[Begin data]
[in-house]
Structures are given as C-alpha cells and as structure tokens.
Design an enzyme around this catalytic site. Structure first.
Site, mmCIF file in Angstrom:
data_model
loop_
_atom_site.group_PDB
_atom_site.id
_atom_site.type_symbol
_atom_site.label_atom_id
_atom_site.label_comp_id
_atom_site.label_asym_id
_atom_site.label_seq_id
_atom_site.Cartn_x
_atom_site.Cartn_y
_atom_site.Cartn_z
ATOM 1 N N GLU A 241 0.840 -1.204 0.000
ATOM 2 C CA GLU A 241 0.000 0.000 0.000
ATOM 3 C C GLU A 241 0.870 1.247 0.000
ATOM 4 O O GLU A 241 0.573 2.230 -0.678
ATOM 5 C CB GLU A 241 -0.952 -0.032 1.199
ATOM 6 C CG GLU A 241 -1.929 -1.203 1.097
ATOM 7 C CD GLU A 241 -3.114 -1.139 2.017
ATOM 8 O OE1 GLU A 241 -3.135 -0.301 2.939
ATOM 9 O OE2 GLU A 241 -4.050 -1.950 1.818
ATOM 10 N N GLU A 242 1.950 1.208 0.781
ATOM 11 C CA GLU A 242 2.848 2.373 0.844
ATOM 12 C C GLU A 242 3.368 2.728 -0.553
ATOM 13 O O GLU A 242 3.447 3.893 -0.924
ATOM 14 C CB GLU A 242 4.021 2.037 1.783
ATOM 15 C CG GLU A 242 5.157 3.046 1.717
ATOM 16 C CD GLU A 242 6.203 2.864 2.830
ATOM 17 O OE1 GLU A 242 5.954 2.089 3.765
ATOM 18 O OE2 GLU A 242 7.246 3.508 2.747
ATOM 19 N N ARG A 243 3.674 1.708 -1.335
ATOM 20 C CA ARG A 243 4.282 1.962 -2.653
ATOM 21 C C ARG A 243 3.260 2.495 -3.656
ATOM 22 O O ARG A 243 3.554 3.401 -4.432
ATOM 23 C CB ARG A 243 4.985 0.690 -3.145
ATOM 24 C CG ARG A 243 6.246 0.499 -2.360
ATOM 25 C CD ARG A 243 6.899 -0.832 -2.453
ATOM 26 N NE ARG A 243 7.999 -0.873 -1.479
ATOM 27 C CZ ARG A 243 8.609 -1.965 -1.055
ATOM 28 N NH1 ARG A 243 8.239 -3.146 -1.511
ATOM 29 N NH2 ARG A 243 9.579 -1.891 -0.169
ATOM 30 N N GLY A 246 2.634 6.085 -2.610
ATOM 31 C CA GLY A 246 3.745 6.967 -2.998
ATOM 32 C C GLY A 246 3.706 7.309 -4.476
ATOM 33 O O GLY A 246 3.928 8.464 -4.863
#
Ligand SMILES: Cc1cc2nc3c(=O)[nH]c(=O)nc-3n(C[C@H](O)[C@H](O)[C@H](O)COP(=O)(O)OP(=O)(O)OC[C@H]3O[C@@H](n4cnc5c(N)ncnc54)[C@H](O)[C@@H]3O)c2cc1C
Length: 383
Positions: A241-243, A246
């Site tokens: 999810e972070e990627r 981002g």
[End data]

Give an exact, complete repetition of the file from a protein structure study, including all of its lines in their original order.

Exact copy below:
[in-house]
Structures are given as C-alpha cells and as structure tokens.
Design an enzyme around this catalytic site. Structure first.
Site, mmCIF file in Angstrom:
data_model
loop_
_atom_site.group_PDB
_atom_site.id
_atom_site.type_symbol
_atom_site.label_atom_id
_atom_site.label_comp_id
_atom_site.label_asym_id
_atom_site.label_seq_id
_atom_site.Cartn_x
_atom_site.Cartn_y
_atom_site.Cartn_z
ATOM 1 N N GLU A 241 0.840 -1.204 0.000
ATOM 2 C CA GLU A 241 0.000 0.000 0.000
ATOM 3 C C GLU A 241 0.870 1.247 0.000
ATOM 4 O O GLU A 241 0.573 2.230 -0.678
ATOM 5 C CB GLU A 241 -0.952 -0.032 1.199
ATOM 6 C CG GLU A 241 -1.929 -1.203 1.097
ATOM 7 C CD GLU A 241 -3.114 -1.139 2.017
ATOM 8 O OE1 GLU A 241 -3.135 -0.301 2.939
ATOM 9 O OE2 GLU A 241 -4.050 -1.950 1.818
ATOM 10 N N GLU A 242 1.950 1.208 0.781
ATOM 11 C CA GLU A 242 2.848 2.373 0.844
ATOM 12 C C GLU A 242 3.368 2.728 -0.553
ATOM 13 O O GLU A 242 3.447 3.893 -0.924
ATOM 14 C CB GLU A 242 4.021 2.037 1.783
ATOM 15 C CG GLU A 242 5.157 3.046 1.717
ATOM 16 C CD GLU A 242 6.203 2.864 2.830
ATOM 17 O OE1 GLU A 242 5.954 2.089 3.765
ATOM 18 O OE2 GLU A 242 7.246 3.508 2.747
ATOM 19 N N ARG A 243 3.674 1.708 -1.335
ATOM 20 C CA ARG A 243 4.282 1.962 -2.653
ATOM 21 C C ARG A 243 3.260 2.495 -3.656
ATOM 22 O O ARG A 243 3.554 3.401 -4.432
ATOM 23 C CB ARG A 243 4.985 0.690 -3.145
ATOM 24 C CG ARG A 243 6.246 0.499 -2.360
ATOM 25 C CD ARG A 243 6.899 -0.832 -2.453
ATOM 26 N NE ARG A 243 7.999 -0.873 -1.479
ATOM 27 C CZ ARG A 243 8.609 -1.965 -1.055
ATOM 28 N NH1 ARG A 243 8.239 -3.146 -1.511
ATOM 29 N NH2 ARG A 243 9.579 -1.891 -0.169
ATOM 30 N N GLY A 246 2.634 6.085 -2.610
ATOM 31 C CA GLY A 246 3.745 6.967 -2.998
ATOM 32 C C GLY A 246 3.706 7.309 -4.476
ATOM 33 O O GLY A 246 3.928 8.464 -4.863
#
Ligand SMILES: Cc1cc2nc3c(=O)[nH]c(=O)nc-3n(C[C@H](O)[C@H](O)[C@H](O)COP(=O)(O)OP(=O)(O)OC[C@H]3O[C@@H](n4cnc5c(N)ncnc54)[C@H](O)[C@@H]3O)c2cc1C
Length: 383
Positions: A241-243, A246
């Site tokens: 999810e972070e990627r 981002g």